Geoff: I’m not either, I think it’s gonna happen on both sides. So I think there’s going to be humans who will change the way that they search. If you think about the first few times that you used the search engine and what you typed in, it was like idiotic compared to what you do now. Everybody knows how to work a search engine now. People know how to search for the best price so they know how to find something local by putting in the zip code or saying “near me.” So the human behavior will change just like your behavior has changed when you make queries or whatever on your phone. And then also though, the search engines will change to adapt to what humans end up wanting. That’s my point with voice search not being adopted today is that it’s not a good experience. I can’t buy what I want. I can buy anything I want on my laptop in like, two minutes — I can get it. I can’t do that yet, comfortably. I’m not comfortable. I’m sure early adopters probably have no problem doing it at all, but I’m not one of them.
So I think it’s gonna be both sides. I think humans will change how they search and what they’re asking and what they’re trying to do, because they’ll learn the game. And then search engines will adapt as well to make the experience better. And once that happens, though, I think sort of the sky’s the limit, I do think that you and I, in our lifetime, we will use voice search a lot more than we do today. Whether we’re early adopters or not, I think we’ll end up I just see that as inevitable, almost it’s, it’s definitely going to be an easier path to get things done at some point in our future, and we’ll probably end up using it.
Chad: I think a lot of it comes back down to the trust, right? Can the people trust not only the technology to deliver the experience, but what the company’s doing with that data. I mean, we’re hearing about those conversations all the time.
I remember, I was in the digital agency space back in the day when we first started building apps that actually could geo-locate, and people were freaking out, like, “I don’t want, I don’t want anybody to know where I’m at.” And now you get pissed if your phone doesn’t know where you are. When you say, “No, why don’t you know that I’m sitting in Salt Lake City at this cafe?” But eventually that changes, and people will get comfortable.
Geoff: Yeah, exactly.
Geoff: I have a funny story about comfort levels and marketing applications. So at Overstock, we were doing a lot of display advertising. And we were also at the same time doing a bunch of personalization. So you come to the site, we show you the last products you clicked on, and stuff like that. And I had this idea that if we bought display ads, and we had a cookie set, it’d be the same thing as someone visiting overstock.com. So at the time it was double-click, and we were buying a lot. I mean, we had a lot of ad space with them. And I said, “Well, we’ll still make the buy, but we don’t want you to host that. We’re gonna host all the ads.” And that enabled us to basically be able to serve up what are now very common, which is personalized recommendations and display ads. But we flipped it on. And so we’re the very first company to do this. And I remember my mom calling and just freaking out, and she’s like, I just went to Overstock, and you’re following me everywhere now. It’s really disturbing. And then we heard a story about a guy that was living with his girlfriend, and he had come to the site and started looking for engagement rings on a shared computer. Then his soon-to-be fiancé went on. So it got us in a lot of trouble. And we just flipped it on. It was sort of a brash move that I think jumped marketing technology forward, but it ended up having some consequences. But yeah, when you see those ads, unfortunately, I’m the person to blame for the start of it.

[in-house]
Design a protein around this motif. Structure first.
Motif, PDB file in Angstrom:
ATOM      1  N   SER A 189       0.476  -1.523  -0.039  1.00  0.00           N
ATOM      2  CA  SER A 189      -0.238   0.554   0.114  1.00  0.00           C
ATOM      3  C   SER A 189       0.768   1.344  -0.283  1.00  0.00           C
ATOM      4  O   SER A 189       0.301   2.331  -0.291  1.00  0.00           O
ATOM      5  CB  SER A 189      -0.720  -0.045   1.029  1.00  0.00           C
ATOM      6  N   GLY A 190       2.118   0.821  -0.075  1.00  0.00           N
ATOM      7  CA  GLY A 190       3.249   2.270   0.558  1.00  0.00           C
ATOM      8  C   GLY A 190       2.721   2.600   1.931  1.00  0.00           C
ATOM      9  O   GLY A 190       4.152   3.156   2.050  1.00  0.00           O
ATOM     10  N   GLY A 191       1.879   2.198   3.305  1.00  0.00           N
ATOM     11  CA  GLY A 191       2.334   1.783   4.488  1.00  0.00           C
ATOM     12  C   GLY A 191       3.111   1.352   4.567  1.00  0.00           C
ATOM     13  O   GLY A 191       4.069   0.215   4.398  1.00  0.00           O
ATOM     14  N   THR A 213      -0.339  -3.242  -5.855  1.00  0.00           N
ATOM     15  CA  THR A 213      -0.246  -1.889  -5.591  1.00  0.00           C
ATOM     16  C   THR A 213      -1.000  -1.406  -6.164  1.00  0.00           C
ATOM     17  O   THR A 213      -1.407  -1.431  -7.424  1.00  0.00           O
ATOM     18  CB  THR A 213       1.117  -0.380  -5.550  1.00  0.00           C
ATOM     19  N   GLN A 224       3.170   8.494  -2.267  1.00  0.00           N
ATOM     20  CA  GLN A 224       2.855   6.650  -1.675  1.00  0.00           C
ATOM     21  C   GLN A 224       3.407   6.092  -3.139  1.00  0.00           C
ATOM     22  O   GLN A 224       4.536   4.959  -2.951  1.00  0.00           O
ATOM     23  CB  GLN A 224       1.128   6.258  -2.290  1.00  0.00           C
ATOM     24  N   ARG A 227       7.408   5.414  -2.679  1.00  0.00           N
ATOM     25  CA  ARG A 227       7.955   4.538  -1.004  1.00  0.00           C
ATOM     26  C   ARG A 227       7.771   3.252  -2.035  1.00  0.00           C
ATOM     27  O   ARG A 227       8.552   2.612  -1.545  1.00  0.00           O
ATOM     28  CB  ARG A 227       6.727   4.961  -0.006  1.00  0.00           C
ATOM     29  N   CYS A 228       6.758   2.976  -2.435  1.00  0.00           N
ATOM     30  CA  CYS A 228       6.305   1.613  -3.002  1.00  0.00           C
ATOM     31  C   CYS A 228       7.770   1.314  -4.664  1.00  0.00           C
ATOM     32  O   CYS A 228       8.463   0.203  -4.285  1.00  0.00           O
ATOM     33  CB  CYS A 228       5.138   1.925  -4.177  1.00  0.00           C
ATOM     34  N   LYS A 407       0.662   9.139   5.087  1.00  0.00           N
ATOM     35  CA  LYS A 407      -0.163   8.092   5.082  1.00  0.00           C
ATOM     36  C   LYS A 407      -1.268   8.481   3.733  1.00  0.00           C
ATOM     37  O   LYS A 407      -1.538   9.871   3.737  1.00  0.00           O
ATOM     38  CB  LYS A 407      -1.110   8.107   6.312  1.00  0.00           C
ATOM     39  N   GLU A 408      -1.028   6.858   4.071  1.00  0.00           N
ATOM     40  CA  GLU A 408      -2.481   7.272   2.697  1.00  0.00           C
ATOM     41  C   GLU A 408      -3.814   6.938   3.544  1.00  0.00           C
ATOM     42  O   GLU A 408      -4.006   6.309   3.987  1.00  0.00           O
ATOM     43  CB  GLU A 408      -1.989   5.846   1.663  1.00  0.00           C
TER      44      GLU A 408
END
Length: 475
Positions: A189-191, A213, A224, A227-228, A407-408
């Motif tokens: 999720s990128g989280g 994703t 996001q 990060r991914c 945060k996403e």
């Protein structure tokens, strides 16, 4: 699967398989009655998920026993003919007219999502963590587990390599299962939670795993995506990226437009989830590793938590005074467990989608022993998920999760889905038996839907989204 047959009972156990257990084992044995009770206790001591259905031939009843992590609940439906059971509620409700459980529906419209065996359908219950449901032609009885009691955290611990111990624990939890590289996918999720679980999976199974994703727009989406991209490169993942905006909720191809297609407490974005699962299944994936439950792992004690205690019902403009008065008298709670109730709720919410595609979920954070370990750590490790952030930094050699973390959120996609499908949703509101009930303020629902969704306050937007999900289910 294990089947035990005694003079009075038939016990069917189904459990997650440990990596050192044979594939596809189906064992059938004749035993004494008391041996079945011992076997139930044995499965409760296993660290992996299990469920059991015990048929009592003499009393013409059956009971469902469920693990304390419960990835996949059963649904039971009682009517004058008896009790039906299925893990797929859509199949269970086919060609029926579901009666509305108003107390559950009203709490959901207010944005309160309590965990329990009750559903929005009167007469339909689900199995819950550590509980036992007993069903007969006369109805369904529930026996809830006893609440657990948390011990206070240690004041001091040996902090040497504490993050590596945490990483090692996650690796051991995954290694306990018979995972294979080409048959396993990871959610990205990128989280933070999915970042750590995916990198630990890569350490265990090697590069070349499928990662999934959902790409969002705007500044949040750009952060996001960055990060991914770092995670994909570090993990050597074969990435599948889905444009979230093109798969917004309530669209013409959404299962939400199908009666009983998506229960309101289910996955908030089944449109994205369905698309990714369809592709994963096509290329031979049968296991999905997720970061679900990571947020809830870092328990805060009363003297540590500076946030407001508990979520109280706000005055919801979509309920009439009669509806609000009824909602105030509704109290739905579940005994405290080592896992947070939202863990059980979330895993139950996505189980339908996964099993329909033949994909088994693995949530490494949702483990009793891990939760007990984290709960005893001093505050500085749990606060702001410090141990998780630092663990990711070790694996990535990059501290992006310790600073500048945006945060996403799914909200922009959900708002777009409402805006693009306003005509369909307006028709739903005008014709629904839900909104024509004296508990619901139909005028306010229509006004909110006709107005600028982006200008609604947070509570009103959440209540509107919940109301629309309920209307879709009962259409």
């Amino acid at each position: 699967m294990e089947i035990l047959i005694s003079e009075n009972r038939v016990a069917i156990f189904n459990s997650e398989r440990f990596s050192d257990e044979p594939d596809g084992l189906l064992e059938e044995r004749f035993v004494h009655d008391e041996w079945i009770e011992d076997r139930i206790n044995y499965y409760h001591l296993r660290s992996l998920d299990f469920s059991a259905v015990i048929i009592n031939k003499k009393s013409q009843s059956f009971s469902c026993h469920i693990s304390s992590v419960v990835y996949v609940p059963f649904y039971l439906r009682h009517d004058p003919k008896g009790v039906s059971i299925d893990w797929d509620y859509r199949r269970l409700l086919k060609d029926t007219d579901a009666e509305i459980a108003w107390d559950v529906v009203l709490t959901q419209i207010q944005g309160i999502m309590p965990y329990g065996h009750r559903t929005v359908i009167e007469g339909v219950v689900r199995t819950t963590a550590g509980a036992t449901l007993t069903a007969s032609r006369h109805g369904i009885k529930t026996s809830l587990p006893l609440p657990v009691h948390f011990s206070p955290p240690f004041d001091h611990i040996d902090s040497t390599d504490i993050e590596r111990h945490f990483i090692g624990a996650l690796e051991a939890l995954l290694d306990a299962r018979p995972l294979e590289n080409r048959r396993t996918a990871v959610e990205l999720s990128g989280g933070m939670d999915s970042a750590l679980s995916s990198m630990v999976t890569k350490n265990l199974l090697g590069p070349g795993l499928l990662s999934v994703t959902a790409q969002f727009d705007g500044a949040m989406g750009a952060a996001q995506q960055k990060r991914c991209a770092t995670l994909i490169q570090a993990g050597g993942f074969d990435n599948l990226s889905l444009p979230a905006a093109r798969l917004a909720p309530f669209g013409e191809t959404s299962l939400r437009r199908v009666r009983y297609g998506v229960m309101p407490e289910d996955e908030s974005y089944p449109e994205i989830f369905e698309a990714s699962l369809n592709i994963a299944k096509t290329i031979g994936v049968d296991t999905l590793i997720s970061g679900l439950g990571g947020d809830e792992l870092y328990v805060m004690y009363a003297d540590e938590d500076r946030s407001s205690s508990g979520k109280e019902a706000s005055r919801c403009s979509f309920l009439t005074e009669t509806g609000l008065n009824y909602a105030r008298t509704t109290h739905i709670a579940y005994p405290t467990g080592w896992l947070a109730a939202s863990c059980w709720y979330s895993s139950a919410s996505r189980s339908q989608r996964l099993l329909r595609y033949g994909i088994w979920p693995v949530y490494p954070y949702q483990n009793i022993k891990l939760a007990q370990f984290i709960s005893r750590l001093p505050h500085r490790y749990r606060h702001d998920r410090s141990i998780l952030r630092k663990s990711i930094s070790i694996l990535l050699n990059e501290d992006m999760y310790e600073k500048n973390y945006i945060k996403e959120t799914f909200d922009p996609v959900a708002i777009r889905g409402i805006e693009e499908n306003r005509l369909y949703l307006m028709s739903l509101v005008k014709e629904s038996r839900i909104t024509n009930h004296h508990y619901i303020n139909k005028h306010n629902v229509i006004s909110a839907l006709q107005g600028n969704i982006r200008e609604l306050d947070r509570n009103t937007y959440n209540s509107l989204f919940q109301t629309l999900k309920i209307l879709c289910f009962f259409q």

Chad: Well, what I love is that we’ve gotten to the point where with some of this, were based on your search in the way you interact, you’re gonna have to do pre-targeting based on your profile, and not to make everybody freaked out about the 5000 data points that Cambridge Analytica had on everybody, but you can literally start to predict what somebody is going to want. And that’s extremely powerful from a marketing and business standpoint. It is extremely uncomfortable when you realize just how much of your behavior has been mapped, quantified, and measured.
Geoff: Yeah, it’s crazy. I’ve kind of grown comfortable with it, but I know because it’s what I worked on for a long time. But I totally understand people’s fears. And I think it’s to an extreme that people don’t even, or can’t even wrap their heads around. The amount that Facebook or Google knows about you is almost more than like your family. They know all your darkest secrets. It’s kind of mind-boggling.
Chad: It is pretty impressive. I could go on that topic for hours. And it can be very empowering, but you also got to realize, I’m wondering if at some point, it becomes a great equalizer. Like we all have freak flags and we all fly them in different ways, people will use the anonymity of the internet, right? It also sets kind of a baseline for what it means to be human.